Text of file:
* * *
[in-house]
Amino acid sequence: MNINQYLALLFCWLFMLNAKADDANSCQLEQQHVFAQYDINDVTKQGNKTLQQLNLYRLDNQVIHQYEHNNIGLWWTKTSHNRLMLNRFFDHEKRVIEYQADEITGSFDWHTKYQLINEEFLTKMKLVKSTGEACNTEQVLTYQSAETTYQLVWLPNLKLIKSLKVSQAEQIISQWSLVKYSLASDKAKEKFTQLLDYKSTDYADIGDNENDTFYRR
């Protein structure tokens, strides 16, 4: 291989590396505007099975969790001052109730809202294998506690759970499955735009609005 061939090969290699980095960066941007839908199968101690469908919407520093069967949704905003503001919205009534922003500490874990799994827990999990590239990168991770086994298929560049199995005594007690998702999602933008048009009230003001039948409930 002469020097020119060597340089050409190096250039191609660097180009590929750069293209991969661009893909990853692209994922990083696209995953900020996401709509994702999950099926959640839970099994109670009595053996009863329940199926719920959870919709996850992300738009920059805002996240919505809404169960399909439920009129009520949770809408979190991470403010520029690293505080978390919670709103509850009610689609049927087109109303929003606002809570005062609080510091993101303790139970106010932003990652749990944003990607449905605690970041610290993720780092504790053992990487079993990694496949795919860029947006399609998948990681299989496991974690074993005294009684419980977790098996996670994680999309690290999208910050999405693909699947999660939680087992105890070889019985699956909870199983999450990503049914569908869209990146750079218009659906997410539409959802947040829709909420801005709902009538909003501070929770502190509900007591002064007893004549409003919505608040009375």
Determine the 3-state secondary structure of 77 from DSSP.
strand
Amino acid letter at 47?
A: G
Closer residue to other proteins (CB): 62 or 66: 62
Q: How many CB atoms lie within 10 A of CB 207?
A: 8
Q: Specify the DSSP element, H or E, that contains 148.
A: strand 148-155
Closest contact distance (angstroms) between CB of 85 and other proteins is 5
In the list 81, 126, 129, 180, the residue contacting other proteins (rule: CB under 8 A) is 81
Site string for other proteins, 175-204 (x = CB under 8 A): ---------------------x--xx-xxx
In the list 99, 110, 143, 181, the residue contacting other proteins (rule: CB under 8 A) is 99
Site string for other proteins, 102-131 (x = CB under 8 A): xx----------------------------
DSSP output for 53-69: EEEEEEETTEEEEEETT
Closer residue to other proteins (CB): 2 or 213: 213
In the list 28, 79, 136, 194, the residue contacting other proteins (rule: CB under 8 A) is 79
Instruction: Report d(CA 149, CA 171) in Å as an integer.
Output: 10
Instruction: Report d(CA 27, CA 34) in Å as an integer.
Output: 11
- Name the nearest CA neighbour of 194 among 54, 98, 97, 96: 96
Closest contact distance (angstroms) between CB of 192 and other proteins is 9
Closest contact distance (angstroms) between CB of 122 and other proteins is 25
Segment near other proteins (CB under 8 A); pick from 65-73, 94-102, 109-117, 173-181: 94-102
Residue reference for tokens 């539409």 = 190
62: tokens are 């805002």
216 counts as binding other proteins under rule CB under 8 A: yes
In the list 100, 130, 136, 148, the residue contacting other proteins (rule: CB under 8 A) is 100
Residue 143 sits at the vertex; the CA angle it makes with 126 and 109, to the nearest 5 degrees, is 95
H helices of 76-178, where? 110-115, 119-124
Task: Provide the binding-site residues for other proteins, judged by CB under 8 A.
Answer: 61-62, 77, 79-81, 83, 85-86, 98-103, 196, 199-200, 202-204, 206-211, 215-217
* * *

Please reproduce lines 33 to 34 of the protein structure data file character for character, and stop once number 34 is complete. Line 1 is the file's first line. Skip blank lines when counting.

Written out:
Residue 143 sits at the vertex; the CA angle it makes with 126 and 109, to the nearest 5 degrees, is 95
H helices of 76-178, where? 110-115, 119-124